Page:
UW News

Science


June 21, 2018

NASA, NSF expedition to study ocean carbon embarks in August from Seattle

satellite view of ocean and land

More than 100 scientists and crew from more than 20 U.S. research institutions, including the UW, will depart in August for a month-long expedition to study how the ocean absorbs carbon from the atmosphere.


June 18, 2018

Great white sharks dive deep into warm-water whirlpools in the Atlantic

tag on shark fin

Tracking of two great white sharks reveals for the first time that in the open ocean they spend more time deep inside warm-water eddies.


June 15, 2018

Study: Undergrad research experiences make a noticeable difference

Photo by Katherine Turner.

A new analysis suggests the value of structured research programs for undergraduates extends to society as a whole by encouraging participants to seek advanced degrees in scientific and technological fields.


June 14, 2018

Key ocean fish can prevail with changes to farmed fish, livestock diets

forage fish swimming

Anchovies, herring, sardines and other forage fish play an essential role in the food web as prey for seabirds, marine mammals and larger fish like salmon. When ground into fishmeal and oil, they are also a key food source for farmed seafood and land-based livestock such as pigs and poultry. As seafood consumption outpaces the…


June 11, 2018

Warmer climate will dramatically increase the volatility of global corn crops

corn field in sunshine

A study of global maize production in 2100 shows dramatic increases in the variability of corn yields from one year to the next under climate change, making simultaneous low yields across multiple high-producing regions more likely, which could lead to price hikes and global shortages.


Choice matters: The environmental costs of producing meat, seafood

beef cows

A new study led by the University of Washington considers which food type is more environmentally costly to produce: livestock, farmed seafood or wild-caught fish.


June 6, 2018

GIX team competes for $1 million XPRIZE for women’s safety

group photo

A team from the University of Washington’s GIX program are competing to win the $1 million Anu & Naveen Jain Women’s Safety XPRIZE.


June 5, 2018

Ocean warming, ‘junk-food’ prey cause of massive seabird die-off, study finds

dead cassin's auklet

A new University of Washington-led paper pinpoints starvation as the cause of death for hundreds of thousands of Cassin’s auklet seabirds in late 2014 to early 2015.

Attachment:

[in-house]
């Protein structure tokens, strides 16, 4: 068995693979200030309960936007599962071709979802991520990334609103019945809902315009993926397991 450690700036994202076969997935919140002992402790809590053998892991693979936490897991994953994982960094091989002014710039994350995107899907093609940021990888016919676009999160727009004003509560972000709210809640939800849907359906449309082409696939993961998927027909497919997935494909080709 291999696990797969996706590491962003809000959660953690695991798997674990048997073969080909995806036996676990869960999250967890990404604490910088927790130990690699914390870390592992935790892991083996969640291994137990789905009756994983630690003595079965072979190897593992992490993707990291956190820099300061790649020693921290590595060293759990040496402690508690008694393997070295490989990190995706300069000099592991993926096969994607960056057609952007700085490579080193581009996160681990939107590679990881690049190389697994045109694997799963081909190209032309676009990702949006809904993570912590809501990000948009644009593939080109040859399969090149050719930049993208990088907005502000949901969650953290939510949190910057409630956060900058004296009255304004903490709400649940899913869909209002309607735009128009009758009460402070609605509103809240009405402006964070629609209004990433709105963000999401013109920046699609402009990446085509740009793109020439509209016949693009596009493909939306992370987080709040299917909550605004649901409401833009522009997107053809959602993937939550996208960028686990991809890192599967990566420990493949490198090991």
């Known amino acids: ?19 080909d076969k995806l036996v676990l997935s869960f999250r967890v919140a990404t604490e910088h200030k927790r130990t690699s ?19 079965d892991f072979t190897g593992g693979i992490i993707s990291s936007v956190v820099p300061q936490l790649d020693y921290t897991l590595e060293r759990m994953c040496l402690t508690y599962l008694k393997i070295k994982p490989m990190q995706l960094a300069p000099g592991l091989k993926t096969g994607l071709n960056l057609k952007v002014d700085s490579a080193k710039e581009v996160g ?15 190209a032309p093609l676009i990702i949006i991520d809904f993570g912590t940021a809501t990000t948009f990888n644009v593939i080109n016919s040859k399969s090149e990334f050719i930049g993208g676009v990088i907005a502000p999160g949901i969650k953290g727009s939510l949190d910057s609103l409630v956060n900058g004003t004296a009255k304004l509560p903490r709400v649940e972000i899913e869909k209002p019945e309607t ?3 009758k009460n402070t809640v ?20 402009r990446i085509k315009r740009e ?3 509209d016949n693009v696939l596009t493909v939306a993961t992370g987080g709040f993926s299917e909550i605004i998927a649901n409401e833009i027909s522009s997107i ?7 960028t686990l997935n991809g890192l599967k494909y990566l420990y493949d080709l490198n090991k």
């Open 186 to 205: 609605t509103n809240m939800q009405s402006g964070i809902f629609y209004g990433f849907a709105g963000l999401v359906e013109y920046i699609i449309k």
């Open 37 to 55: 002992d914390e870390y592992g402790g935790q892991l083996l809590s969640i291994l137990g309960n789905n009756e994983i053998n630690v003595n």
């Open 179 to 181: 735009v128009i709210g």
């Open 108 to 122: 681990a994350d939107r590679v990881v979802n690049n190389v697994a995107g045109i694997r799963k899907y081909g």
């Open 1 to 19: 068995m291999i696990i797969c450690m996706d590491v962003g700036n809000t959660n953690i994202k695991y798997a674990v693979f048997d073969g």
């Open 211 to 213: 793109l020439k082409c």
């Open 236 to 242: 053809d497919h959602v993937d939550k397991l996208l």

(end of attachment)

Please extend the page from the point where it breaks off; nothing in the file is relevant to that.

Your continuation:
May 25, 2018

Broccoli in space: How probiotics could help grow veggies in microgravity

broccoli going to space.

Astronauts at the International Space Station are spending more time away from Earth, but they still need their daily serving of vegetables. In the quest to find a viable way for crew to grow their own veggies while orbiting — and possibly one day on the moon or Mars — student researchers are sending broccoli…


May 24, 2018

Remaking a reef: UW landscape architecture students to present design for new artificial reef at Redondo dive site

A UW landscape architecture student's illustration of part of an artificial reef to be built at Washington's Redondo Beach dive area. UW students are working with the state, the dive community and others to design a new reef to provide a healthy habitat for marine life.

What makes a good artificial reef, for divers, and for marine life? University of Washington landscape architecture students have done designs for a state-funded project to replace the artificial reef at the Redondo Beach dive site. They will present and discuss their work in a public meeting May 30, in Des Moines. The landscape architecture…


May 23, 2018

A promising target in the quest for a 1-million-year-old Antarctic ice core

yellow tent on snow

The oldest ice core so far provides 800,000 years of our planet’s climate history. A UW field survey in Antarctica has pinpointed a location where an entire million years of undisturbed ice might be preserved intact.


May 17, 2018